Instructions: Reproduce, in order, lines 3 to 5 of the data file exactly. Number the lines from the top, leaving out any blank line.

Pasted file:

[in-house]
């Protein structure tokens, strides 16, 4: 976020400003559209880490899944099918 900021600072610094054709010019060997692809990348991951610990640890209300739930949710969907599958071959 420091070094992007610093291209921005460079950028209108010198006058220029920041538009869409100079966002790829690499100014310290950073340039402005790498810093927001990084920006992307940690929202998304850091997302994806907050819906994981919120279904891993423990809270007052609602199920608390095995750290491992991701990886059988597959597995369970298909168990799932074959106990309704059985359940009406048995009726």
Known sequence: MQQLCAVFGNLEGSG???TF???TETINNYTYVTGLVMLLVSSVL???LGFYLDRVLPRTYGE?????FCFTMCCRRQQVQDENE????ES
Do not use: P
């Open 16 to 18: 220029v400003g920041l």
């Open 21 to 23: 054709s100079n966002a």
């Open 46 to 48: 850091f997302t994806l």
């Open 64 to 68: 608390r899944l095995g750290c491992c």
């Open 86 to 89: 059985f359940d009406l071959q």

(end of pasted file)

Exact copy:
Known sequence: MQQLCAVFGNLEGSG???TF???TETINNYTYVTGLVMLLVSSVL???LGFYLDRVLPRTYGE?????FCFTMCCRRQQVQDENE????ES
Do not use: P
């Open 16 to 18: 220029v400003g920041l």